By Stephanie Ciccarelli
June 16, 2011
Not sure about your where your studio stands in terms of soundproofing?
From time to time, we'll receive emails from members who are concerned with the quality of their recordings due to noise, echoes or slap-back.
Today's VOX Daily will give you some tips for what you can do as well as point you in the direction of coaches and consultants who are versed in this area of treating your home recording studio and then some.
When you are working in an environment that doesn't include an isolation booth, you need to compensate by having a relatively soundproofed recording space. Everyone who reads this likely knows how important it is to have a quiet area to do voiceover work but not everyone is equipped with the knowledge of how to do so.
After receiving an email asking for tips on minimizing extraneous noises in home recording studios, I thought it would be beneficial to put an article together that included tips from pros as well as a list of resources available to you online via tutorials and consultants.
When we reached out to the Voices.com Facebook group, a number of talent were quick to share how they managed to treat their studios DIY style. The following come from responses received earlier today:
"2 layers of Sheetrock, two layers of fibre board and the whole room is covered with Auralex."
"2 layers of Sheetrock sandwiching R13 insulation, and the entire interior covered in Auralex - even the door and ceiling. Thick carpet and padding on the floor. Very clean and dry sound."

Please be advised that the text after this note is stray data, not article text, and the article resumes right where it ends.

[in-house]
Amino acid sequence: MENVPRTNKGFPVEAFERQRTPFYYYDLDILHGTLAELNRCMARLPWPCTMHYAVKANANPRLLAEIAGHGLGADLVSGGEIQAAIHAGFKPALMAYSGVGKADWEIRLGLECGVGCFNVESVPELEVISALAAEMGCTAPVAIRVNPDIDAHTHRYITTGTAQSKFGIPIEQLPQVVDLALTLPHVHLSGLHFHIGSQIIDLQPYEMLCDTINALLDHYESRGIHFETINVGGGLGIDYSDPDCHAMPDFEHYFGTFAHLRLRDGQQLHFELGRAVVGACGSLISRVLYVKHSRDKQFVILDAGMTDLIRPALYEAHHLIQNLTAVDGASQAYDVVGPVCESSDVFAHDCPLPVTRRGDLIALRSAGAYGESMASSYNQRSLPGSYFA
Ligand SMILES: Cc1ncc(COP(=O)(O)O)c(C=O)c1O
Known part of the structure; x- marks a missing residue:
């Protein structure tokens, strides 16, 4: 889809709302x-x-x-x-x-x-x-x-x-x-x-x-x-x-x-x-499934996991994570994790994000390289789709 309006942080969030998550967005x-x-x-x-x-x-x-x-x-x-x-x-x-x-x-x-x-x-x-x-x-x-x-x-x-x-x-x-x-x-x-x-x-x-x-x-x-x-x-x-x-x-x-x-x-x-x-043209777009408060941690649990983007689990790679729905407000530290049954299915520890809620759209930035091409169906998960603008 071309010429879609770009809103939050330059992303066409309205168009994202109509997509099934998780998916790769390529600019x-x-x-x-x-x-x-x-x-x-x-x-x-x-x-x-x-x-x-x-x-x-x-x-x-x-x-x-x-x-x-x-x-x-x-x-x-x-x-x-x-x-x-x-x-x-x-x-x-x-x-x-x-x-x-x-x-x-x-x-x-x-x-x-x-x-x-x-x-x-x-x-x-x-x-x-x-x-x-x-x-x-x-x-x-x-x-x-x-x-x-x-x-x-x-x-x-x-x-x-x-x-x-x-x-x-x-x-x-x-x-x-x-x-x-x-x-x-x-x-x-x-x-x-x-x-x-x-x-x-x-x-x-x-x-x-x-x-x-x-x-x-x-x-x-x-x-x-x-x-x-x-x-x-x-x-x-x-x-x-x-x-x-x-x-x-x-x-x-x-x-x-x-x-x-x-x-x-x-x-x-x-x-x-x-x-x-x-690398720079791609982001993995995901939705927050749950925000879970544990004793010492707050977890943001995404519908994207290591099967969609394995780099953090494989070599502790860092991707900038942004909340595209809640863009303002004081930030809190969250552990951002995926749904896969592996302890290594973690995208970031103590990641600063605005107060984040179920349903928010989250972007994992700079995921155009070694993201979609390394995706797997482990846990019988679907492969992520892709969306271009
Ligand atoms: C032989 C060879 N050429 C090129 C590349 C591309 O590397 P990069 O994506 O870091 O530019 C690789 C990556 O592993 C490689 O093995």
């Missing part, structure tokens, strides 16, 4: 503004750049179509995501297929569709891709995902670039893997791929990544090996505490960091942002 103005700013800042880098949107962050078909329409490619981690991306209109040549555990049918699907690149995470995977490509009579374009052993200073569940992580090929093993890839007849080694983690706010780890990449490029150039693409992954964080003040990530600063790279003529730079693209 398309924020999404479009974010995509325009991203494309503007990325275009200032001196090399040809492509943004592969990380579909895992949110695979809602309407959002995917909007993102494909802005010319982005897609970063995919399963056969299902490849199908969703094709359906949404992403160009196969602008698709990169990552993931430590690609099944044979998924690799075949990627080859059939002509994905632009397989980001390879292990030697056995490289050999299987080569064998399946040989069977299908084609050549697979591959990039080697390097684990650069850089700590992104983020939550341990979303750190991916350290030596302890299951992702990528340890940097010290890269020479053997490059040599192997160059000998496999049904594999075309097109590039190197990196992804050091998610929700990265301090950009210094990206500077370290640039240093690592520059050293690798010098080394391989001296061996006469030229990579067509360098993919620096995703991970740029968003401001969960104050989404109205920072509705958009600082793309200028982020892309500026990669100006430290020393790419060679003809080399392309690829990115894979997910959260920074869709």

"Roxul is the best sound proofing insulation on the market today and lowers insurance because it is fire and water retardant also there is a THX approved Sheetrock but it is expensive both are available at Home Depot for me it is Roxul under the Sheetrock and over top Sonex with is foam sheets stapled to the Sheetrock you can also use a standard carpet not a shag unless the lava lamps are in your studio but a good dense carpet look at the foot rating I suggest a 3 to 5 foot rating this means the carpet is heavier and will deaden sound better."
"I am lucky to live in an apartment with r-48 in the attic space, and r-36 in the walls, and triple pane windows so all I did was hang some sound deadening curtains on a shower rod and hang a bunch of Auralex in a corner...poof! Instabooth! I just wait till late evening till the traffic is gone, and start recording."
Two of the most in demand people where consults on home studio and audio recording are concerned are Dan Lenard and George Whittam. Together, they've teamed up to produce the "East-West Audio Body Shop," (EWABS) a new interactive, online talk show for voice actors with their own home voice over studios.
Dan and George answer questions and solve home voice over studio problems. They also bring in special guests as I understand it. The show runs Sunday nights at 8:00 p.m. Eastern / 5:00 p.m. Pacific on U-Stream.
Here's where to go to watch live programming when it airs as well as catch previous episodes:
If you like, you can friend them on Facebook or contact either gentleman at their professional consultation sites below:
Dan LenardBuffalo, NY http://www.homestudiomaster.com
George WhittamLos Angeles, CA http://www.eldorec.com
Should you be interested, there are a number of tutorial style videos on our Voices.com videos blog teaching you about everything from studio etiquette to building your own audio recording environment.
For instance, here's a video that features RÃ˜DE Microphones founder Peter Freedman and a tutorial on soundproofing / acoustic treatment:
I hope these suggestions and resources help!
iStockphoto.com/Jacom StephensRelated Topics: acoustic treatment, booth, foam, home recording studio, how to, Los Angeles, Microphones, recording studios, soundproof, soundproofing, TV, voice acting